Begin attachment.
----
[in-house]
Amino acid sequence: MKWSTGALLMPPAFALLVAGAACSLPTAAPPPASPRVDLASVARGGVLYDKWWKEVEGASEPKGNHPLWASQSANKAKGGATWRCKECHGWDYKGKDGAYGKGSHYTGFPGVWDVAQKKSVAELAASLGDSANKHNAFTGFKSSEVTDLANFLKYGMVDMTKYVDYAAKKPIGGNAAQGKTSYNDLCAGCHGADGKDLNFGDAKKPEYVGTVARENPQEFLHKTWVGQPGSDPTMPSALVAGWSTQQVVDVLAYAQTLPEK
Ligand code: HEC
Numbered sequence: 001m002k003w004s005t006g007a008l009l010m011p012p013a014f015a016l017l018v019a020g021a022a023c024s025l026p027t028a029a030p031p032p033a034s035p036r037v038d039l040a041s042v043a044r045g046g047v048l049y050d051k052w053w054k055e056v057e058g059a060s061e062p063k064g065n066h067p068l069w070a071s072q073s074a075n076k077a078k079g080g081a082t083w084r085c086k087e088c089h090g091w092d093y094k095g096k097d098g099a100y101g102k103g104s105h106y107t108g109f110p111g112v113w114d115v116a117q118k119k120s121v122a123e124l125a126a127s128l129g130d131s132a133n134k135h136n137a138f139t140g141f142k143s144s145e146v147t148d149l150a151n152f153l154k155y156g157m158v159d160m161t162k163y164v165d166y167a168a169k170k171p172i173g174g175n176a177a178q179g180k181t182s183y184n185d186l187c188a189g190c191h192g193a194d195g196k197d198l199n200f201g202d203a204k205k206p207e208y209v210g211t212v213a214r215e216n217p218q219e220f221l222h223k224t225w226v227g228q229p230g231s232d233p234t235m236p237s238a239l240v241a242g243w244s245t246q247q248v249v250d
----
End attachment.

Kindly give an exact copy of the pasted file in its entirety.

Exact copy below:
[in-house]
Amino acid sequence: MKWSTGALLMPPAFALLVAGAACSLPTAAPPPASPRVDLASVARGGVLYDKWWKEVEGASEPKGNHPLWASQSANKAKGGATWRCKECHGWDYKGKDGAYGKGSHYTGFPGVWDVAQKKSVAELAASLGDSANKHNAFTGFKSSEVTDLANFLKYGMVDMTKYVDYAAKKPIGGNAAQGKTSYNDLCAGCHGADGKDLNFGDAKKPEYVGTVARENPQEFLHKTWVGQPGSDPTMPSALVAGWSTQQVVDVLAYAQTLPEK
Ligand code: HEC
Numbered sequence: 001m002k003w004s005t006g007a008l009l010m011p012p013a014f015a016l017l018v019a020g021a022a023c024s025l026p027t028a029a030p031p032p033a034s035p036r037v038d039l040a041s042v043a044r045g046g047v048l049y050d051k052w053w054k055e056v057e058g059a060s061e062p063k064g065n066h067p068l069w070a071s072q073s074a075n076k077a078k079g080g081a082t083w084r085c086k087e088c089h090g091w092d093y094k095g096k097d098g099a100y101g102k103g104s105h106y107t108g109f110p111g112v113w114d115v116a117q118k119k120s121v122a123e124l125a126a127s128l129g130d131s132a133n134k135h136n137a138f139t140g141f142k143s144s145e146v147t148d149l150a151n152f153l154k155y156g157m158v159d160m161t162k163y164v165d166y167a168a169k170k171p172i173g174g175n176a177a178q179g180k181t182s183y184n185d186l187c188a189g190c191h192g193a194d195g196k197d198l199n200f201g202d203a204k205k206p207e208y209v210g211t212v213a214r215e216n217p218q219e220f221l222h223k224t225w226v227g228q229p230g231s232d233p234t235m236p237s238a239l240v241a242g243w244s245t246q247q248v249v250d